Can any one tell me when we need to be concerned with the resistance to ground (earth) of a grounding electrode system in an industrial or commercial installation with system(s) operating less than 600 volts? It appears that the NEC is not concerned with it, however, it requires to connect the electrical system to ground with a specified grounding electrode conductor size as appropriate for the electrical service. The NEC goes on to say that you connect to earth in order to protect against lightning, line surges or accidental contact with the higher voltage as well as providing equal potential. With that said, the code is not concerned with the earth ground) resistance of the electrical system as it may be the industry as well as IEEE standards (80 and 81) practice for high voltage systems in substations. Any feed back on this topic is appreciated.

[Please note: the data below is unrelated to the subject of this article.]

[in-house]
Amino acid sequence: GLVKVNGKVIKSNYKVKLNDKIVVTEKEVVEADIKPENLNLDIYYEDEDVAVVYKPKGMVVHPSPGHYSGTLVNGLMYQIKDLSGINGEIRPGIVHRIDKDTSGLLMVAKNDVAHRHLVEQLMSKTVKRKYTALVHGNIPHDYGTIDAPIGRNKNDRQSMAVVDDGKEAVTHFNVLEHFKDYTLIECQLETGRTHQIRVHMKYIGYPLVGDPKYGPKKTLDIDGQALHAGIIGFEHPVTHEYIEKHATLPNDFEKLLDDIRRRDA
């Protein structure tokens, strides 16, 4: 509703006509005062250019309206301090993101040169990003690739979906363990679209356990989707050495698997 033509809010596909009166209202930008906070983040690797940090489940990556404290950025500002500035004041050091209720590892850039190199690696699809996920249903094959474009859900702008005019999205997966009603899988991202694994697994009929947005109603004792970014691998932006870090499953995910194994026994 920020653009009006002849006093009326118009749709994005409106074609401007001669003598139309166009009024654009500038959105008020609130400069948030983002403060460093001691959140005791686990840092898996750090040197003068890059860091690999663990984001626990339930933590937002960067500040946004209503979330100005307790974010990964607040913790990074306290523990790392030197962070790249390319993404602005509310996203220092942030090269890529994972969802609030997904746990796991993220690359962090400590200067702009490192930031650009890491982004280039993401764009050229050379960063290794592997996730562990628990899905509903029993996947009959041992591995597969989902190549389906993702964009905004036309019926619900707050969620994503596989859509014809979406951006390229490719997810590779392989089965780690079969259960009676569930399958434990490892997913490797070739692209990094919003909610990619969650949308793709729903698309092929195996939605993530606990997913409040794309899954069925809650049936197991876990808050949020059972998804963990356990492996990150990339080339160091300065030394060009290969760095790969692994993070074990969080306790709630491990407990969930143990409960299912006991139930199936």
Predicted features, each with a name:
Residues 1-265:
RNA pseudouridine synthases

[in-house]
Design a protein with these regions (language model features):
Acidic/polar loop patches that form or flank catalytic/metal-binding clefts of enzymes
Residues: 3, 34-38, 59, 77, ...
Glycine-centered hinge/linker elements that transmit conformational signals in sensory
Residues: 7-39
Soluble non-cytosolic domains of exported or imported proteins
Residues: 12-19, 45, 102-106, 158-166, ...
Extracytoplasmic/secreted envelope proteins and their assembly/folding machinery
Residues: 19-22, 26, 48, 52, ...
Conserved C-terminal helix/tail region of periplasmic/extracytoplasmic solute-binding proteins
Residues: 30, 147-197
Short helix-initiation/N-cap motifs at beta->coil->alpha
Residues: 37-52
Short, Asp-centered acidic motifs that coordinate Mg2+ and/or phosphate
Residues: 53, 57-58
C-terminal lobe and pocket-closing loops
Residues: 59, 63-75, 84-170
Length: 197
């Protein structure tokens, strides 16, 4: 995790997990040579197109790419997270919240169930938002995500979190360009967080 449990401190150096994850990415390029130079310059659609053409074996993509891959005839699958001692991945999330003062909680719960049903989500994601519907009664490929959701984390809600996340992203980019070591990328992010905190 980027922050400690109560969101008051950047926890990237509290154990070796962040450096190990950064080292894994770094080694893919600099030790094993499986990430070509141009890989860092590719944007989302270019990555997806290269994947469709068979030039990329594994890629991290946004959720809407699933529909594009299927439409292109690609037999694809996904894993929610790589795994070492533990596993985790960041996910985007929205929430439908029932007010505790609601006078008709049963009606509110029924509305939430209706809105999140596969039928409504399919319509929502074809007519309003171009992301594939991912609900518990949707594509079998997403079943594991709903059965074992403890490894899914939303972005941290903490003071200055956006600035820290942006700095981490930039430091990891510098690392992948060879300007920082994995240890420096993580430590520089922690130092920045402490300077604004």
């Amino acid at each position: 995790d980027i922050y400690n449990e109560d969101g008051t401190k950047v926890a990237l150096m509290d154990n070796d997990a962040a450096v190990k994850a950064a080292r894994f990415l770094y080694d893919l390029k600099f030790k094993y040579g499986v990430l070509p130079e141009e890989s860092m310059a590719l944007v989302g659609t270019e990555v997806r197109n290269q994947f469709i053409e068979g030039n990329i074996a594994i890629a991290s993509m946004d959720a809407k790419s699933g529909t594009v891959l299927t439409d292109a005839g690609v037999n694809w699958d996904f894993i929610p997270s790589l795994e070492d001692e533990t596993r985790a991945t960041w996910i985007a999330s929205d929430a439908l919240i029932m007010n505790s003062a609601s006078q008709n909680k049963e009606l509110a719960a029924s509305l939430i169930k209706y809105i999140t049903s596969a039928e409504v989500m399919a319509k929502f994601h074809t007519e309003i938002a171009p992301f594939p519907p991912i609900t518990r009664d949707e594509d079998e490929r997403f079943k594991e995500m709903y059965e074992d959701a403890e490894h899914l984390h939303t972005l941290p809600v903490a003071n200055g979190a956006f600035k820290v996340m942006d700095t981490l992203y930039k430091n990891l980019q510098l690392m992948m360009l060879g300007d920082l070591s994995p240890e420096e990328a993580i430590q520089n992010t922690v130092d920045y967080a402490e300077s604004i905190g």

Red Flag Submitted
Thank you for helping keep Eng-Tips Forums free from inappropriate posts. The Eng-Tips staff will check this out and take appropriate action.
Reply To This Thread
Posting in the Eng-Tips forums is a member-only feature.
ENGINEERING.com surveyed 364 product development professionals to glean insights into how their teams are performing today, and what technologies are most useful to support their processes. Download Now
3D printing has quickly expanded beyond the realm of prototyping and into the world of end part manufacturing. Desktop 3D printers need not be used for making parts themselves, but as a secondary process for producing tools. Download Now
Creating tooling for injection molding is an expensive and complex proposition. Until recently, the only way to avoid tooling defects causing air traps, voids, shrinkage and the like was to employ a time-consuming and tedious physical prototyping process. Download Now